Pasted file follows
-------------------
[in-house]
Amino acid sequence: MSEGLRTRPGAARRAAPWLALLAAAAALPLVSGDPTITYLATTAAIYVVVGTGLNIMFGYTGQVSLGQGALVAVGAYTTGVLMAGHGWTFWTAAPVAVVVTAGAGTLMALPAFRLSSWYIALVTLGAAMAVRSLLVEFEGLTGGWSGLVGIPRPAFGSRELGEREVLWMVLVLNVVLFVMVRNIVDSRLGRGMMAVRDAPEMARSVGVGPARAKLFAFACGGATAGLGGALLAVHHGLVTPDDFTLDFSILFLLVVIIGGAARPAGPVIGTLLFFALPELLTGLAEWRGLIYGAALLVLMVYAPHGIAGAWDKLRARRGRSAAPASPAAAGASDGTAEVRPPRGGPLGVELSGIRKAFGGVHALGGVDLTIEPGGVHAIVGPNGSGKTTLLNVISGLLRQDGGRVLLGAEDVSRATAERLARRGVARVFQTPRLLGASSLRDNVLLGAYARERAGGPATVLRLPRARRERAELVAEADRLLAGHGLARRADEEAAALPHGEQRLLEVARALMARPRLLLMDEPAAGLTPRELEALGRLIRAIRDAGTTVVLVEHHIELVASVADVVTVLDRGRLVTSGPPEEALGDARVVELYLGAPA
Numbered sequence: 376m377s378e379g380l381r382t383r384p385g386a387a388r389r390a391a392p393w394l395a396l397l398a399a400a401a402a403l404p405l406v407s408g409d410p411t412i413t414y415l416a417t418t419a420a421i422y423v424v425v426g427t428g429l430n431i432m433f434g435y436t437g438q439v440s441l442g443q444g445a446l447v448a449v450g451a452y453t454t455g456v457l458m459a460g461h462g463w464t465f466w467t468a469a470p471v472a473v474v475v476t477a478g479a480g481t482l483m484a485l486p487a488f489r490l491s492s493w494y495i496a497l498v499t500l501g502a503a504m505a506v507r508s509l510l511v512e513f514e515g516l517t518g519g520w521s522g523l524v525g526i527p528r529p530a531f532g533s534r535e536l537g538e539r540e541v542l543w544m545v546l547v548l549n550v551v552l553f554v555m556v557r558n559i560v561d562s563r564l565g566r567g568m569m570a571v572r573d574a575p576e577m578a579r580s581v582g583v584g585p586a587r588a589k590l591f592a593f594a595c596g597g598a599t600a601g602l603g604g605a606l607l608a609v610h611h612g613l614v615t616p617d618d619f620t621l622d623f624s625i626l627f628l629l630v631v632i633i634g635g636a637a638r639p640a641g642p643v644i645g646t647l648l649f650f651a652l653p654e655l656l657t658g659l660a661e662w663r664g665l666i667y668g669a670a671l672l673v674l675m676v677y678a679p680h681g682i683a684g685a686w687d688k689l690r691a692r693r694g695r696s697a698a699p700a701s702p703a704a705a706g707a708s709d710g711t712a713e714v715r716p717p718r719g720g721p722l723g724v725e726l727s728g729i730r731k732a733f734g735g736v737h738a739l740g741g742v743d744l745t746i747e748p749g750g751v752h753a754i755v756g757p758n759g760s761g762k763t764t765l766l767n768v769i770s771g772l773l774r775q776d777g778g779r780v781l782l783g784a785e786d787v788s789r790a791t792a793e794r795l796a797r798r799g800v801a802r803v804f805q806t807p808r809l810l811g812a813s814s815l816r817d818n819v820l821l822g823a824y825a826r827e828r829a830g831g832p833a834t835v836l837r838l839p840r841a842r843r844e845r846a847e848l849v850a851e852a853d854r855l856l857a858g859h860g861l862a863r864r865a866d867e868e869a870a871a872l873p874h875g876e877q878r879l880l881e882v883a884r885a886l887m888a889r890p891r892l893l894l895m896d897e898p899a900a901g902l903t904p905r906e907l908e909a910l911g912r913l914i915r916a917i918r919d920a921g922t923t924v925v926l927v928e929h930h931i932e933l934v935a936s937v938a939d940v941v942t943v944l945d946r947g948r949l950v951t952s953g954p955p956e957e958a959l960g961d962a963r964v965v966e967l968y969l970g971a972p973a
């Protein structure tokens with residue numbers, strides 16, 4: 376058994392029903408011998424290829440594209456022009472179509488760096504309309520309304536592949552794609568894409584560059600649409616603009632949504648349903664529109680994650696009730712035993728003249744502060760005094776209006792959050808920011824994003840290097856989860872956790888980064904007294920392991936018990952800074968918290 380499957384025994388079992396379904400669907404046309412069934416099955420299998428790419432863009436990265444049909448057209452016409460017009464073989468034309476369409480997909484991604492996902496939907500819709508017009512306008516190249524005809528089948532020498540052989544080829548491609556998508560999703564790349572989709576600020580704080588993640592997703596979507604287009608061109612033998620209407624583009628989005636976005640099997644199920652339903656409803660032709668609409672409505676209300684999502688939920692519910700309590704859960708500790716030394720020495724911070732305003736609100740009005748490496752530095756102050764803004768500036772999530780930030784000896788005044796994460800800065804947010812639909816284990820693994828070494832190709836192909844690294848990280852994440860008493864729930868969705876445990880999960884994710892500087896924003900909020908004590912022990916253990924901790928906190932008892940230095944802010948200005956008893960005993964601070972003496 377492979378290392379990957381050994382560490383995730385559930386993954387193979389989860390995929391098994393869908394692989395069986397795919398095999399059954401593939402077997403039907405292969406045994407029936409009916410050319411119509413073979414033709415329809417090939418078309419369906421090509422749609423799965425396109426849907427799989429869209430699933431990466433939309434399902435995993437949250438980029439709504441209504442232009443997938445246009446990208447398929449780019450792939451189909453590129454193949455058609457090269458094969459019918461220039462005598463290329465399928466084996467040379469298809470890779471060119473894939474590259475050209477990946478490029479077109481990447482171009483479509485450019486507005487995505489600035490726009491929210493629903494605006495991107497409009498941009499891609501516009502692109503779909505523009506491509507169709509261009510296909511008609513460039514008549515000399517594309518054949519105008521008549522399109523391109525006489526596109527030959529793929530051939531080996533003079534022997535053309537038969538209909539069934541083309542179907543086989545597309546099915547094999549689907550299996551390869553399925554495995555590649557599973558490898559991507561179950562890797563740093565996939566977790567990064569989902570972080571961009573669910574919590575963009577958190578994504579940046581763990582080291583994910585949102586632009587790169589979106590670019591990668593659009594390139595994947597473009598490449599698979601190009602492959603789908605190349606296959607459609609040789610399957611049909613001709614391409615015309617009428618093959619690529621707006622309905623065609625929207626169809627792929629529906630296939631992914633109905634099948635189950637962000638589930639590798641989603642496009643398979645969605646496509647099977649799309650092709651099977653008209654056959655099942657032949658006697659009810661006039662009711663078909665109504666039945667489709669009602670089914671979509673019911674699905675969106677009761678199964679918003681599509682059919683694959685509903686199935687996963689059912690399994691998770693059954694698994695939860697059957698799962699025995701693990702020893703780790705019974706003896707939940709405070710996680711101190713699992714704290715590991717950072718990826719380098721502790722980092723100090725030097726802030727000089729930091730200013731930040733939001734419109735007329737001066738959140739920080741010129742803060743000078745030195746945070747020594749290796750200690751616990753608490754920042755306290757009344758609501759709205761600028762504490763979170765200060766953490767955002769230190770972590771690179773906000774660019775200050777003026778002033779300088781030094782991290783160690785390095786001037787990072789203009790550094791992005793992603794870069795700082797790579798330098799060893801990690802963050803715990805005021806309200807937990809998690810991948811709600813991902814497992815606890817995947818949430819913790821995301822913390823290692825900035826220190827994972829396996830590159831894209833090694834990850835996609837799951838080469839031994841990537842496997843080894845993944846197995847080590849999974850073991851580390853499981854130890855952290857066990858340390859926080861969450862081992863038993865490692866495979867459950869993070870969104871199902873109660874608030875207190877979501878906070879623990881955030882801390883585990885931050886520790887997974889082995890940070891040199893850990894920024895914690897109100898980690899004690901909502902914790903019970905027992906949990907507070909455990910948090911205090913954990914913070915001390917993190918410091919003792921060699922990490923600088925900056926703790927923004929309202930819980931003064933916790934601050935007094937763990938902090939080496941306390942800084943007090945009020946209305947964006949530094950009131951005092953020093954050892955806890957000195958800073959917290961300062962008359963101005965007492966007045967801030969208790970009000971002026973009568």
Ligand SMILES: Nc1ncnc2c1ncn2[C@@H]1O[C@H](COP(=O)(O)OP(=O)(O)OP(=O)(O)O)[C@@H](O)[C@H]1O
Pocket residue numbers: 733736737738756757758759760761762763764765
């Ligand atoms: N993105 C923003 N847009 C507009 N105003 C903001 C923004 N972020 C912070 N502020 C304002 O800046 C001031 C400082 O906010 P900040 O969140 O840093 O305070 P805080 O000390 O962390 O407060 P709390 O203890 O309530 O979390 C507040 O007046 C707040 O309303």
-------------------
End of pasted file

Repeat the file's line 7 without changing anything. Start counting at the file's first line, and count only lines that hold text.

């Ligand atoms: N993105 C923003 N847009 C507009 N105003 C903001 C923004 N972020 C912070 N502020 C304002 O800046 C001031 C400082 O906010 P900040 O969140 O840093 O305070 P805080 O000390 O962390 O407060 P709390 O203890 O309530 O979390 C507040 O007046 C707040 O309303």